Zwelakhe Sisulu. Picture: FINANCIAL MAIL
Zwelakhe Sisulu. Picture: FINANCIAL MAIL

FRIENDS and former colleagues of Zwelakhe Sisulu, who died yesterday at the age of 61, say his independence of thought was the one thing he shared with his late parents, African National Congress (ANC) stalwarts, Walter and Albertina Sisulu.

Tributes have been pouring in for Mr Sisulu, who passed away yesterday morning at his home in Johannesburg after a long illness.

His siblings include National Assembly speaker Max Sisulu and Public Service and Administration Minister Lindiwe Sisulu. The Sisulus are considered to be the closest SA has to political royalty, alongside the Tambos and the Mandelas.

Mr Sisulu was a respected businessman and journalist who, as president of the Black Media Workers Association of SA, was arrested under the Internal Security Act during apartheid.

Gabu Tugwana, former deputy editor of the defunct New Nation newspaper — which Mr Sisulu edited in 1986 before being detained for two years — said yesterday he would remember Mr Sisulu as an independent thinker. "It is a common thread that runs within the family.

"They are outspoken in whichever capacity they serve."

Mr Tugwana took over the running of the New Nation after Mr Sisulu was arrested.

Following his release, Mr Sisulu was banned from any involvement in the New Nation, which under Mr Tugwana continued publishing until it closed shop in 1996.

Mr Sisulu became the first black group CEO of the SABC, a post he held for three years, from 1994 to 1997.

Critics have argued that the foundation laid by Mr Sisulu at the SABC has gone to waste, following a spate of recent controversies surrounding the public broadcaster.

Mr Sisulu was also an active shareholder and director in a number of companies, including Dirleton Minerals & Energy and Afriminerals. His nephew Shaka Sisulu said on social media that his uncle spent the past few years nurturing business interests across Africa.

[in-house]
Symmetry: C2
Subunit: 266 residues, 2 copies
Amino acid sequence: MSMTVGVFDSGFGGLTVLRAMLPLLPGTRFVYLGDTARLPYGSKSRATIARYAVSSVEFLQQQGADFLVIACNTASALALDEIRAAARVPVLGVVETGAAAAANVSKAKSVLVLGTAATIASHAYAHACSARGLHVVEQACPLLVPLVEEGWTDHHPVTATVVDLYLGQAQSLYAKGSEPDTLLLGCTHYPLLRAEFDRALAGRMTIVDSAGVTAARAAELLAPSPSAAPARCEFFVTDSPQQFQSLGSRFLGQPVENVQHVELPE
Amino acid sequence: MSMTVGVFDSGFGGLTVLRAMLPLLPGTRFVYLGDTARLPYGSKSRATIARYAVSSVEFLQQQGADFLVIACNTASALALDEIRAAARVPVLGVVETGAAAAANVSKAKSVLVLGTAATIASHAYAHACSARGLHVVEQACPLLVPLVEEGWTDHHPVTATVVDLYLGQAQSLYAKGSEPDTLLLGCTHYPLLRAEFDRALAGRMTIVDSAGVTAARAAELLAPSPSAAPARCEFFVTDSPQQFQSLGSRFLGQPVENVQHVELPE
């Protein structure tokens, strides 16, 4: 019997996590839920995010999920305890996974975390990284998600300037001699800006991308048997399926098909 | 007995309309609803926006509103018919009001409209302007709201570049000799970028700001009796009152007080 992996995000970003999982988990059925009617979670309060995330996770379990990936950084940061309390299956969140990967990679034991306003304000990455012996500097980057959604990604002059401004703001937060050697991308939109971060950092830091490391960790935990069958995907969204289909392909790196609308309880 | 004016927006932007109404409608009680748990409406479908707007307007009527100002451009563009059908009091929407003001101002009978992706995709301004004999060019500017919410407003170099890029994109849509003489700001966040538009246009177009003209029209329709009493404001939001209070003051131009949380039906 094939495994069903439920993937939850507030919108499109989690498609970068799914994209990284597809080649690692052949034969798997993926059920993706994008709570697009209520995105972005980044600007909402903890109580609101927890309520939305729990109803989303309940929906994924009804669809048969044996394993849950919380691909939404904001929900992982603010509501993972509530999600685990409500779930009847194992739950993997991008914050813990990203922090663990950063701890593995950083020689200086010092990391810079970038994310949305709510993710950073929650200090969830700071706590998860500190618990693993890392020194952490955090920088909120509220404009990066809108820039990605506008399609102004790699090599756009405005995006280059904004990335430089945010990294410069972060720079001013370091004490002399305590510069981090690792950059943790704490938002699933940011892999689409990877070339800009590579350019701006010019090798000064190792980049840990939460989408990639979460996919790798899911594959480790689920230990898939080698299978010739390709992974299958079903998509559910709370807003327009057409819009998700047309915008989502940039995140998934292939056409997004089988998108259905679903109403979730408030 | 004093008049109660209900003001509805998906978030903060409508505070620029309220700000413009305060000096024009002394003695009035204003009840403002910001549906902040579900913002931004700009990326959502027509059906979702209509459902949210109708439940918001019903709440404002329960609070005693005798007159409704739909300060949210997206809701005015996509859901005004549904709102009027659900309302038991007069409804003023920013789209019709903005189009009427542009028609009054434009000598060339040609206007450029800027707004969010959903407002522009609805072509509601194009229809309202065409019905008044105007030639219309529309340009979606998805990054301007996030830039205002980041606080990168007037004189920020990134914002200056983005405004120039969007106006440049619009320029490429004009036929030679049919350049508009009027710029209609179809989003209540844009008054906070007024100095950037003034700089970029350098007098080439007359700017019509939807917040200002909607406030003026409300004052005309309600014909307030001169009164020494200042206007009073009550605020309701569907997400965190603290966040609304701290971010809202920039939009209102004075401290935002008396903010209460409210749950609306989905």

In a statement, President Jacob Zuma described Mr Sisulu as a "freedom fighter, journalist and business person", saying news of his death was shocking and sad. "We are truly saddened by the loss, and wish to extend our deepest condolences to the entire Sisulu family."

Mr Sisulu received a number of awards including the International Human Rights Law Group Award, the Union of Swedish Journalists Award and the Rothko Chapel Award for Human Rights.

The South African National Editors Forum (Sanef) said Mr Sisulu was an inspiration to many journalists. "He was a mountain of a journalist and never strayed from telling the truth and challenging authority," said Sanef chairman Mondli Makhanya.

The Congress of South African Trade Unions said Mr Sisulu used his media skills to advance the liberation struggle.

The National Union of Metalworkers of SA (Numsa) said he represented "a special breed of revolutionary journalists ever to emerge within the ranks of the mass democratic formations".

Numsa spokesman Castro Ngobese said the union would forever be indebted to the Sisulu family "for donating their son to the struggle for national liberation and freedom".

Mr Tugwana said SA should join hands with the Sisulu family in this difficult time. "We owe it to them to show our appreciation ."